WASHINGTON — The White House on Thursday took the unusual step of saying National Economic Council Director Gary Cohn would not resign, trying to contain the fallout from President Donald Trump’s controversial comments about the deadly riot in Charlottesville, Virginia, over the weekend, and his assertion that “very fine people” were protesting alongside neo-Nazis.

Cohn, who funded the Cohn Jewish Student Center at Kent State University in 2009, was mortified by Trump’s comments, three people close to him said, and he has been bombarded with calls from friends asking him if he will leave.

Instead, the White House said Cohn plans to stay put and focus on advancing Trump’s economic agenda. It was unclear, though, how long Cohn would remain in the job or if he is still a leading candidate to be nominated as the next chairman of the Federal Reserve.

Worries on Thursday that Cohn might join the exodus of business leaders after two White House corporate advisory boards disbanded in the wake of Charlottesville helped send the Dow Jones industrial average down 274.14 points, or 1.2 percent, the largest sell-off in three months. Investors feared the Trump administration might lose a leading architect of the president’s economic agenda just as it approaches a critical juncture.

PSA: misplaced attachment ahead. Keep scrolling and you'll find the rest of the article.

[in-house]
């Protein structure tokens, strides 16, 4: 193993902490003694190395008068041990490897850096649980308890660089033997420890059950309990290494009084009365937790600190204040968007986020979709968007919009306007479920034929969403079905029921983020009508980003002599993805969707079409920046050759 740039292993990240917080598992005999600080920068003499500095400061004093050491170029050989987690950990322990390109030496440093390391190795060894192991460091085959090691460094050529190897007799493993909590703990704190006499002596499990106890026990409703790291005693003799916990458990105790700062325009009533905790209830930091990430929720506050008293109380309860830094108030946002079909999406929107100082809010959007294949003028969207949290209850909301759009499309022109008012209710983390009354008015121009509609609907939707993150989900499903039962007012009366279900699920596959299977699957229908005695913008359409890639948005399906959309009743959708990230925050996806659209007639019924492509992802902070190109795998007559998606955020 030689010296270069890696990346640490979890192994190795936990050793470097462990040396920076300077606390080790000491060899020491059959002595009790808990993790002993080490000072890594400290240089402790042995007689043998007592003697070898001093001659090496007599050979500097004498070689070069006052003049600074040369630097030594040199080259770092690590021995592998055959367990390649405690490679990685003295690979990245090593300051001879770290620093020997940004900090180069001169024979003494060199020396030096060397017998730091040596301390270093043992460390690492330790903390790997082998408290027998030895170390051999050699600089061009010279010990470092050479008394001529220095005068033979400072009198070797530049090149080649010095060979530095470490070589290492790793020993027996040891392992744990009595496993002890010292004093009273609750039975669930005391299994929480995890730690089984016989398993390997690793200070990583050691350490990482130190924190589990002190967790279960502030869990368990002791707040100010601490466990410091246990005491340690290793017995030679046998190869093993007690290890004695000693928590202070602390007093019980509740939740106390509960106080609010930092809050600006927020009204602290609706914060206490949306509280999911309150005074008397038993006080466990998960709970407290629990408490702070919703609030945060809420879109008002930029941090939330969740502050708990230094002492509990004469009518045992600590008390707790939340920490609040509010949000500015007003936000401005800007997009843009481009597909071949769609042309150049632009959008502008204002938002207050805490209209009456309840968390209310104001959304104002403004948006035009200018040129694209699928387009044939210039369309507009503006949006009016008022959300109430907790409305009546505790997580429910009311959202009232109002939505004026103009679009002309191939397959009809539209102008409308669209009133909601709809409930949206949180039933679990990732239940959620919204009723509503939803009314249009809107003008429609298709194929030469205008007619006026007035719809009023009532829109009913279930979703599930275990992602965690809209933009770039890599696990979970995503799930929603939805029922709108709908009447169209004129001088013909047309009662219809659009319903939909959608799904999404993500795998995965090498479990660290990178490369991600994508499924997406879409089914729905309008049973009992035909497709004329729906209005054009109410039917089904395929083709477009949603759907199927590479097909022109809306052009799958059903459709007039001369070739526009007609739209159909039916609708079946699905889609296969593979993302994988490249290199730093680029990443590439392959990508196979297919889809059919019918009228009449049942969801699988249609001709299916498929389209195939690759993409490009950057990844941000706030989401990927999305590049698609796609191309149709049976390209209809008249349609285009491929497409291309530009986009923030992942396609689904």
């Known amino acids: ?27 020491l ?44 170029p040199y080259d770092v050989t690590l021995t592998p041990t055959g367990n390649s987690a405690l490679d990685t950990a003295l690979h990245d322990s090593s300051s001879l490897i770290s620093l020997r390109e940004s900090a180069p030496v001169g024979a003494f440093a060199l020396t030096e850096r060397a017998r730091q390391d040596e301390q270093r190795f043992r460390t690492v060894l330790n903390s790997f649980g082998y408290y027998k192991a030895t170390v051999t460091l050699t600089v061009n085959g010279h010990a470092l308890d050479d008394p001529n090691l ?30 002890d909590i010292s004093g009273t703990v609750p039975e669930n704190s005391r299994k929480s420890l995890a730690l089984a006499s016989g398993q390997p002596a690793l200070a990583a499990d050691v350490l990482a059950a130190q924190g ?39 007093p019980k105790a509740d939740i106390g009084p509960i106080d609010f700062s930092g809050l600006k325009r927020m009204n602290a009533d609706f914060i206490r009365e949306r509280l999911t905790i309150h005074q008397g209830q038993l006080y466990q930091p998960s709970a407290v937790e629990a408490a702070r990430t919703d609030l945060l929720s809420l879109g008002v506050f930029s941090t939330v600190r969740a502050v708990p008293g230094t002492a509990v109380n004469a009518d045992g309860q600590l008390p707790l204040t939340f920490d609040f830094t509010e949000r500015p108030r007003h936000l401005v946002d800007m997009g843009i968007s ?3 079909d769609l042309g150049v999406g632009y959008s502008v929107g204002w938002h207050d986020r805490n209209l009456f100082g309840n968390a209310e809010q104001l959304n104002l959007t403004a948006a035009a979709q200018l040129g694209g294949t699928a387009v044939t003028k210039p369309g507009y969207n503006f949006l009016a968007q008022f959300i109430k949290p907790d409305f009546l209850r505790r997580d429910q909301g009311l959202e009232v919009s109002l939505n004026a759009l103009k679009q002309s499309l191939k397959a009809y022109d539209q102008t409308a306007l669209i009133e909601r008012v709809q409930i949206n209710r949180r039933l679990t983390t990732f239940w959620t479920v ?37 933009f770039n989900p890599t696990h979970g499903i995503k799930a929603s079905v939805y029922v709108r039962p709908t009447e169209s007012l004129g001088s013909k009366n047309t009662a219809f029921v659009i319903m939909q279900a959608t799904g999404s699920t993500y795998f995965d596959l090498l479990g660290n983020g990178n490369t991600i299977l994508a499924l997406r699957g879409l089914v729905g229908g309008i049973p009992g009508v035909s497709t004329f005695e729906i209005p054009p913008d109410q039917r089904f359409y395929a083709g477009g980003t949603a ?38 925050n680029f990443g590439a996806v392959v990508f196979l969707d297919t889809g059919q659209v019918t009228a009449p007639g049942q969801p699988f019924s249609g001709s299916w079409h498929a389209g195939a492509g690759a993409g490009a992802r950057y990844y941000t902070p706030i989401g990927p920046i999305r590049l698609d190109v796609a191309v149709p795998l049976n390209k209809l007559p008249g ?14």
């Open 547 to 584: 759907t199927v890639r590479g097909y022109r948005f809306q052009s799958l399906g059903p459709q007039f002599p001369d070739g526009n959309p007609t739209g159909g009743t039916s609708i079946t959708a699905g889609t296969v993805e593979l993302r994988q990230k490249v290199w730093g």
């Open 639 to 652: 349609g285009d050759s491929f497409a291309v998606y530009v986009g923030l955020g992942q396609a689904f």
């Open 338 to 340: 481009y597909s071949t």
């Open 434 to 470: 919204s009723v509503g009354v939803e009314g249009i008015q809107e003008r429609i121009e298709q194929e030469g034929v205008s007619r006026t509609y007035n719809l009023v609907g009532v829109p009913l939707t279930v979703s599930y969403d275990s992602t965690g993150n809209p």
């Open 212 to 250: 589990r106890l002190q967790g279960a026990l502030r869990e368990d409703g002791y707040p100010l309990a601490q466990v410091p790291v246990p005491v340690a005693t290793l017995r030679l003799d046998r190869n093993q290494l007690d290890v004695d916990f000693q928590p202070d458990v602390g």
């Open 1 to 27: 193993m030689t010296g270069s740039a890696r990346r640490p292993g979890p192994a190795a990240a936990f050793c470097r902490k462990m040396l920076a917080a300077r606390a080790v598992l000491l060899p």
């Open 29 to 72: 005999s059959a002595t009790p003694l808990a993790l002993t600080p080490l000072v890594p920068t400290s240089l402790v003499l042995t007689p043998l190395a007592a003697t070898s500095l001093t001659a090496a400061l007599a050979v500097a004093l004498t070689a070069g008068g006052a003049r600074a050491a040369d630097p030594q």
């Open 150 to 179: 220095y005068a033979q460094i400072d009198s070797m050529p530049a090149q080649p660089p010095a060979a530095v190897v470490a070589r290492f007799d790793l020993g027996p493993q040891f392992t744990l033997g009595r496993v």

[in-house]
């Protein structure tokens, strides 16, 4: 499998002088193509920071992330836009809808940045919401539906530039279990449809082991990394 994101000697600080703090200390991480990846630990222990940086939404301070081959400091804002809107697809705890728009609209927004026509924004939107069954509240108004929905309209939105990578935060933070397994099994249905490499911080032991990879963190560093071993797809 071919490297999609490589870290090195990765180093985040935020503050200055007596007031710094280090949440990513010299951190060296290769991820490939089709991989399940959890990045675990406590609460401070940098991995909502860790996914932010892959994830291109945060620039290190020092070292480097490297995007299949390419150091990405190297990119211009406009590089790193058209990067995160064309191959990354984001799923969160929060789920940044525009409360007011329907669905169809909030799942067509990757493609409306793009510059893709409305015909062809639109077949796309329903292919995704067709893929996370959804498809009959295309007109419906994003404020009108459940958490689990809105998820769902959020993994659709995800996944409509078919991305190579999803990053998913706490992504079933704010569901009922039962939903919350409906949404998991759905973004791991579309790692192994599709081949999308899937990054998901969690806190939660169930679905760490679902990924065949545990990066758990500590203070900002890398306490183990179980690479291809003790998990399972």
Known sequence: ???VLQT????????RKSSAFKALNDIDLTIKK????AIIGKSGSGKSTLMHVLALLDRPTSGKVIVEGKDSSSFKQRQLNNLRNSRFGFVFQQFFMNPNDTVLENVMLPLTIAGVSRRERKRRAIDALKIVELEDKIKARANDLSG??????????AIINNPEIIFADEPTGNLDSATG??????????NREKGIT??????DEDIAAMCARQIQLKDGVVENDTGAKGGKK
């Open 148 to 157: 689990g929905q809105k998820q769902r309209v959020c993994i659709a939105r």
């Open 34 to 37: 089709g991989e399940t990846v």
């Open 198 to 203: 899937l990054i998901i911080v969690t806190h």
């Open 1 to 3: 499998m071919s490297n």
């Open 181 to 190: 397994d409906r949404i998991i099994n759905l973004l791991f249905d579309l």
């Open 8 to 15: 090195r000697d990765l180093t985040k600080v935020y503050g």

The White House needs Congress to vote to raise the debt ceiling and clear the way for tax cuts in the next few weeks, measures that have split the Republican Party and could face cliffhanger votes.

Without Cohn, “a very solid stabilizing force in the West Wing will be lost,” said Camden Fine, chief executive of the Independent Community Bankers of America, a trade group in frequent contact with the Trump administration. “Bottom line – not good.”

Cohn, a former Goldman Sachs president who has close ties to many business leaders, is seen as a key lifeline for executives who are increasingly wary that Trump will be able to secure the pro-business economic platform he promised during the campaign.

Trump on Tuesday revived his claim that “both sides” were to blame for deadly violence at a white supremacist rally over the weekend in Charlottesville, abandoning his message from a day earlier branding members of the Ku Klux Klan, neo-Nazis and white supremacists who take part in violence as “criminals and thugs.”